Remember the promise of CRM? It would increase the effectiveness of our marketing and customer relationships and make us more profitable. It would help solve the customer’s problems on the spot. It would give us the chance to treat our “best” customers even better than the rest. It would help create a better customer experience. Or something like that.
CRM was supposed to help companies create more value for customers. It was supposed to make the customer’s life easier, right? Billions of dollars have been spent on CRM and billions more predicted, yet it seems we’re not getting the results we hoped for.
Where’s the profit, where’s the ease, where’s the improvement? Some firms do see world-class performance improvement after implementing CRM, but most don’t. The majority of CRM projects, 55 percent to 75 percent, fail to meet their objectives. They fail to live up to the promise.
According to Bob Thompson at CRMguru.com, CRM is “a business strategy to select and manage the most valuable customer relationships. CRM requires a customer-centric business philosophy and culture to support effective marketing, sales and service processes.” Organizations “can enable effective customer relationship management, provided that an enterprise has the right leadership, strategy and culture.”
Uh-oh. Philosophy, culture, leadership, strategy – seems the things we make the least amount of time for count for a lot in a CRM integration. The consideration of some of these topics is considered to be “soft” in many organizations, unworthy of time, energy or money. It never ceases to amaze me that people will dump boatloads of money and technology at a problem before they will invest in understanding the underlying issues that support or destroy the effort.
Technology is only a tool. Relationships are the key. Cross-functional collaboration is essential in making any process seamless to the customer. It’s necessary to break down the barriers that keep the departmental silos intact before CRM will work the way we want it to.
The culture must support the open, honest discussion of creating value. Where and how do we do it, where and how don’t we do it, and what needs to change so we can do more of it? The conversation that precedes the implementation must include the voices of many people all along the value chain. To see how the processes interact, we need to know how the people interact.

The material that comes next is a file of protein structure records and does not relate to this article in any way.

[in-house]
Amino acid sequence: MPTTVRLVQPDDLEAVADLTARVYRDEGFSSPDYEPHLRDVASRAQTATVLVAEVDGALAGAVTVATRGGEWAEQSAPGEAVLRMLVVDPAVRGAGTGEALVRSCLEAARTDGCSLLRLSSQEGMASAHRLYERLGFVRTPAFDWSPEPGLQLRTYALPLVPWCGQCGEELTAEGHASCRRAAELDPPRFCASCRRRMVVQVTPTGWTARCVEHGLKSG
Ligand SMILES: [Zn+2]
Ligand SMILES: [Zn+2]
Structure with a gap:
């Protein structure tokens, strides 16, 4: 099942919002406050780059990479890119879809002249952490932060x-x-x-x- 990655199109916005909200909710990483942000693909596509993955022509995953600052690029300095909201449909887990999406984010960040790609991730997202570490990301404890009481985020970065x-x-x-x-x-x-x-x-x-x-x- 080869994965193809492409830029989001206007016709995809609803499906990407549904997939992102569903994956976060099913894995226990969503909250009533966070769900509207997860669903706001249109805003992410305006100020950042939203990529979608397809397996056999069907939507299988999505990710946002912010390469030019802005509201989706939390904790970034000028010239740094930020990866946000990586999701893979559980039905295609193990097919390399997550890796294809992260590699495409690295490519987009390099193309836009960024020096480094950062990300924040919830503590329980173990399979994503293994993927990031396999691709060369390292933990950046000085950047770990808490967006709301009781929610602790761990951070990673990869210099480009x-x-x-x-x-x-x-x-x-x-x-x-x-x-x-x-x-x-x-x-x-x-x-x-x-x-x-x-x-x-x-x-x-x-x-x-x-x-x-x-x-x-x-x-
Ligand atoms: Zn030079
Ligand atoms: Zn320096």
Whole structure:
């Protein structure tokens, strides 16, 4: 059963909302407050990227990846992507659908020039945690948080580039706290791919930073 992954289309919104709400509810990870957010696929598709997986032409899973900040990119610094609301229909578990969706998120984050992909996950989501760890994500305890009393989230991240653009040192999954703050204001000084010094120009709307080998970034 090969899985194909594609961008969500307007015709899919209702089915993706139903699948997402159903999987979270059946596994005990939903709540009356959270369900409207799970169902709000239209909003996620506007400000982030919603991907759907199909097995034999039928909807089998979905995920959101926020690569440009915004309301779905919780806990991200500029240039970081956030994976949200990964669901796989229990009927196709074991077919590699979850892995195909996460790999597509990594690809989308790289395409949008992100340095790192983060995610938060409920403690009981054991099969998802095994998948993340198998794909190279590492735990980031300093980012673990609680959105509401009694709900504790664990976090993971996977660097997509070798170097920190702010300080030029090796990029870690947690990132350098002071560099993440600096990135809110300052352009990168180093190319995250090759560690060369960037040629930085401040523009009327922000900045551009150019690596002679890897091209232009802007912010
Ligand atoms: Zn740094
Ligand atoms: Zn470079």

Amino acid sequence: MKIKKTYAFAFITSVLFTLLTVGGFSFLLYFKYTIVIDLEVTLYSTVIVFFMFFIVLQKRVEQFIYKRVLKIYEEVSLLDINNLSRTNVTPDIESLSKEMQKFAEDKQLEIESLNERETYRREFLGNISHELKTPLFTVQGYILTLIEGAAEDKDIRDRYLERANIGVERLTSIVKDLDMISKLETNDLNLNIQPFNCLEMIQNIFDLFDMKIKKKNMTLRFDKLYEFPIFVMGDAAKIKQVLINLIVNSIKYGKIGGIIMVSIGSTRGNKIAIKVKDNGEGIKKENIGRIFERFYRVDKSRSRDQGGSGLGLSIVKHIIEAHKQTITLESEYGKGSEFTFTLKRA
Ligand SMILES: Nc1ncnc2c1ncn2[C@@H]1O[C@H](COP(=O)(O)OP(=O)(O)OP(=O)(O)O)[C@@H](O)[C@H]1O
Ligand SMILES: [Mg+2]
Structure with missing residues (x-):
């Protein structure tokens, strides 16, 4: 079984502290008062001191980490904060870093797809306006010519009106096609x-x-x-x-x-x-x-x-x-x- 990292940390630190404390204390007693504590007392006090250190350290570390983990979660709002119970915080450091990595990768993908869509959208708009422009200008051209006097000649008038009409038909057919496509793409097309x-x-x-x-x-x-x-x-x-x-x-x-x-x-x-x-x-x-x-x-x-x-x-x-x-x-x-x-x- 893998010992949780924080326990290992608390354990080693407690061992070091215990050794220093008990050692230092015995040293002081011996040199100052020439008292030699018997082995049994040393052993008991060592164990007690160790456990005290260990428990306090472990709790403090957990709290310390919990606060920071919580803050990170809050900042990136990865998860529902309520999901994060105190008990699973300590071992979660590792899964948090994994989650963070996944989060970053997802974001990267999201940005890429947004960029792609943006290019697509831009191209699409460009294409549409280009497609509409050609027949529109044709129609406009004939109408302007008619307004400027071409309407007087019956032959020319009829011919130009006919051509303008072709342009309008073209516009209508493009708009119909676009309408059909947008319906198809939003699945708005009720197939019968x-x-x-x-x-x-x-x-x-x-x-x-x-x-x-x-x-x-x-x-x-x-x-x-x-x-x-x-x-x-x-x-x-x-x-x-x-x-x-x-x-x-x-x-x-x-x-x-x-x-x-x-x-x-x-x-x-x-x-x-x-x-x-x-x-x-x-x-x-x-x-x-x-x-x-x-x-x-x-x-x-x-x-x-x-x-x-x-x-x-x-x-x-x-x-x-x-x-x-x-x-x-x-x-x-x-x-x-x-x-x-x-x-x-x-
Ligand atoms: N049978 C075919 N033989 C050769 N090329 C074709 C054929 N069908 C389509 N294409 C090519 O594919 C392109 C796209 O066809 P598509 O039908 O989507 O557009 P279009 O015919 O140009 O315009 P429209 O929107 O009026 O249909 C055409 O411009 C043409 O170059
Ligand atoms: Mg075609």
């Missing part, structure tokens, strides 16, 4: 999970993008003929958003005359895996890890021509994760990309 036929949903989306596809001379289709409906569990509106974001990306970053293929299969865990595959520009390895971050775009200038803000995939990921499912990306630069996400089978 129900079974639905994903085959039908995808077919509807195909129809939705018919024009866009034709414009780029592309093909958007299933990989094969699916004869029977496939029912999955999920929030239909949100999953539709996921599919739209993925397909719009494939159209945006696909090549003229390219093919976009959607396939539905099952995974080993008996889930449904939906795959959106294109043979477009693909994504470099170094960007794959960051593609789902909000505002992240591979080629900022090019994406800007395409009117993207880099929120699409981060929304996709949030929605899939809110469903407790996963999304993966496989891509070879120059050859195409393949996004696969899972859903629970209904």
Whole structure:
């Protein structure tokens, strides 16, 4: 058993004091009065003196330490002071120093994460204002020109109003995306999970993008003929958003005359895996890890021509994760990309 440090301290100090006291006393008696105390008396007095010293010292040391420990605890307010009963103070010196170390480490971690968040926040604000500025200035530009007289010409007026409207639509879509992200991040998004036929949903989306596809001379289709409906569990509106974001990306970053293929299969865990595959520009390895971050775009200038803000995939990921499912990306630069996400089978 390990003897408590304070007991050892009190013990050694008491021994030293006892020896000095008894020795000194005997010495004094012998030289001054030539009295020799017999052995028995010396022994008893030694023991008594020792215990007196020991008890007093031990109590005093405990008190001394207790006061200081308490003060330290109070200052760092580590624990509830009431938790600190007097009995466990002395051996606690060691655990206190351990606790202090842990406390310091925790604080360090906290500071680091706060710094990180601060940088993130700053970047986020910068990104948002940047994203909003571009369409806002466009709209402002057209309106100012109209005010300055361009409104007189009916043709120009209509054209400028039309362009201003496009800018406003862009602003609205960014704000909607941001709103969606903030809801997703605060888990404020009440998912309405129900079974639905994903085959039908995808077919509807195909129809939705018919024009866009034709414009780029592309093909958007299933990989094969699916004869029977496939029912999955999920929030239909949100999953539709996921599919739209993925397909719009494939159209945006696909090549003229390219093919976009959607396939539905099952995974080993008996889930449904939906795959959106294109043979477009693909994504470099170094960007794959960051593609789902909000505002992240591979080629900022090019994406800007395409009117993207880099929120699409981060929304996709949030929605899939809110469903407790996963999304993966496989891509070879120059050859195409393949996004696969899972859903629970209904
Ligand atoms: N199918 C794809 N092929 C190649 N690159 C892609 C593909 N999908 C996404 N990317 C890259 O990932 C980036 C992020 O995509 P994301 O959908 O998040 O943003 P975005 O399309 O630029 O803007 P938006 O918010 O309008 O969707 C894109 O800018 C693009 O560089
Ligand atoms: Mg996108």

A great way to start the conversation about how your company already deals with relationships is to ask yourself, “What qualities are most important in the ‘care and feeding’ of any relationship?”
If you are like the thousands of people I’ve asked in audiences during the past 14 years, you’ll list qualities such as trust, respect, communication, understanding, caring, appreciation and honesty. I’ve asked that question so many times I’ve distilled it to an acronym I use with clients to look at some of the more intangible aspects of the culture and see how they manifest in the tangible systems and behaviors. We use it to see whether they are on T.R.A.C.K.
We look at how each of these qualities is either supported or not supported in the culture. We look at what behaviors, systems or activities enhance or erode the building of that relationship quality. Here are the five items I start with. We add any of the other qualities the client thinks is in line with its values. Add yours to it and give it a try.
It all starts with trust. It’s needed to make teams work and relationships thrive. Without it, it’s challenging to build loyalty. Neither customers nor employees will sign on for the long haul if this important relationship quality is not intact. What are the things you do or say to build it or break it?
Then we move to respect. Respect is shown in subtle ways from how quickly you answer your phone to how you address a new customer. There are practices that support it (like changing your phone messages daily) and ones that erode it (like continually showing up late for meetings). Examine where it shows up or doesn’t.
Appreciation is key to ensuring people stay engaged in the conversation. It’s one of the deepest human needs, and it often goes unfulfilled. Employees and customers need to know they are cared about and appreciated. What are the things you do, or don’t do, in this area?
Communication: How is yours – clear, concise, truthful? Too much, too little, too often, not often enough? The installation of CRM for most companies is a major change. Open communication is the stabilizing factor in any change. CRM has a better chance to succeed if people are “in the loop” and “in the know.”
Kindness. I added this one. It’s a tough business world, and we all benefit when we deal with kindness and compassion.
Often the intangibles in the business are the things that add real value. As you examine your CRM projects, look closely at your skills in dealing with intangibles and in building the all-important “R” of customer relationship management. Master that piece, and the other pieces might fall into place more easily.